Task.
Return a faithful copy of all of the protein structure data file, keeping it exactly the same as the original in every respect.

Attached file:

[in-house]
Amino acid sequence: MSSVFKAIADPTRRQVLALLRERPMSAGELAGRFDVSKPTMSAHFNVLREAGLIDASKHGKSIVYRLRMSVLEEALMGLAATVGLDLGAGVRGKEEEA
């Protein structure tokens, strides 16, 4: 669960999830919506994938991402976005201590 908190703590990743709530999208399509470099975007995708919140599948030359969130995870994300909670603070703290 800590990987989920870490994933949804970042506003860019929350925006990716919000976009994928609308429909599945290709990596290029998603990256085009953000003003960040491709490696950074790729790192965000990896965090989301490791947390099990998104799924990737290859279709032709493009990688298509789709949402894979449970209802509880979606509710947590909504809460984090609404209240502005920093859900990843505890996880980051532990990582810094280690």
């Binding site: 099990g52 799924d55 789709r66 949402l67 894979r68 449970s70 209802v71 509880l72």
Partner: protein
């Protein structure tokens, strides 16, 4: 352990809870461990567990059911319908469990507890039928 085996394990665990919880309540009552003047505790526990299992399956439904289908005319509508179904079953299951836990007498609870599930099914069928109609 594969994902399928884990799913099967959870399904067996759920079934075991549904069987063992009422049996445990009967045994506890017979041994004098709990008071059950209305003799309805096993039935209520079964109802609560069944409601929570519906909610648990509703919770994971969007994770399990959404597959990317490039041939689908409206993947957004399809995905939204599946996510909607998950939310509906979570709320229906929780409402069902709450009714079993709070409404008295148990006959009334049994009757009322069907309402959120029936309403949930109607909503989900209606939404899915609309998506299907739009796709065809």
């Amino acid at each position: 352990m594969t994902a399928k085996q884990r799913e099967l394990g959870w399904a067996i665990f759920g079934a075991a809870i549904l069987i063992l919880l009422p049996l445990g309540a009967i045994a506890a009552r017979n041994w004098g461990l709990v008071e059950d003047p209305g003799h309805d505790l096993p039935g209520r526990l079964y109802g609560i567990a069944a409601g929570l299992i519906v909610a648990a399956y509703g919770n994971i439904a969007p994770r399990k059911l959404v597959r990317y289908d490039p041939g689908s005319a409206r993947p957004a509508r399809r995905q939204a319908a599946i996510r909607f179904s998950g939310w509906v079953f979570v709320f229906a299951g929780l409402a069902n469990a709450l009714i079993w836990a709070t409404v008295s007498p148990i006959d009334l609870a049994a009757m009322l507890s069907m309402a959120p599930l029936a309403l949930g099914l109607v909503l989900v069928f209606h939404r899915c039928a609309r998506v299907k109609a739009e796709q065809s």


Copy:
[in-house]
Amino acid sequence: MSSVFKAIADPTRRQVLALLRERPMSAGELAGRFDVSKPTMSAHFNVLREAGLIDASKHGKSIVYRLRMSVLEEALMGLAATVGLDLGAGVRGKEEEA
């Protein structure tokens, strides 16, 4: 669960999830919506994938991402976005201590 908190703590990743709530999208399509470099975007995708919140599948030359969130995870994300909670603070703290 800590990987989920870490994933949804970042506003860019929350925006990716919000976009994928609308429909599945290709990596290029998603990256085009953000003003960040491709490696950074790729790192965000990896965090989301490791947390099990998104799924990737290859279709032709493009990688298509789709949402894979449970209802509880979606509710947590909504809460984090609404209240502005920093859900990843505890996880980051532990990582810094280690």
């Binding site: 099990g52 799924d55 789709r66 949402l67 894979r68 449970s70 209802v71 509880l72």
Partner: protein
């Protein structure tokens, strides 16, 4: 352990809870461990567990059911319908469990507890039928 085996394990665990919880309540009552003047505790526990299992399956439904289908005319509508179904079953299951836990007498609870599930099914069928109609 594969994902399928884990799913099967959870399904067996759920079934075991549904069987063992009422049996445990009967045994506890017979041994004098709990008071059950209305003799309805096993039935209520079964109802609560069944409601929570519906909610648990509703919770994971969007994770399990959404597959990317490039041939689908409206993947957004399809995905939204599946996510909607998950939310509906979570709320229906929780409402069902709450009714079993709070409404008295148990006959009334049994009757009322069907309402959120029936309403949930109607909503989900209606939404899915609309998506299907739009796709065809």
């Amino acid at each position: 352990m594969t994902a399928k085996q884990r799913e099967l394990g959870w399904a067996i665990f759920g079934a075991a809870i549904l069987i063992l919880l009422p049996l445990g309540a009967i045994a506890a009552r017979n041994w004098g461990l709990v008071e059950d003047p209305g003799h309805d505790l096993p039935g209520r526990l079964y109802g609560i567990a069944a409601g929570l299992i519906v909610a648990a399956y509703g919770n994971i439904a969007p994770r399990k059911l959404v597959r990317y289908d490039p041939g689908s005319a409206r993947p957004a509508r399809r995905q939204a319908a599946i996510r909607f179904s998950g939310w509906v079953f979570v709320f229906a299951g929780l409402a069902n469990a709450l009714i079993w836990a709070t409404v008295s007498p148990i006959d009334l609870a049994a009757m009322l507890s069907m309402a959120p599930l029936a309403l949930g099914l109607v909503l989900v069928f209606h939404r899915c039928a609309r998506v299907k109609a739009e796709q065809s």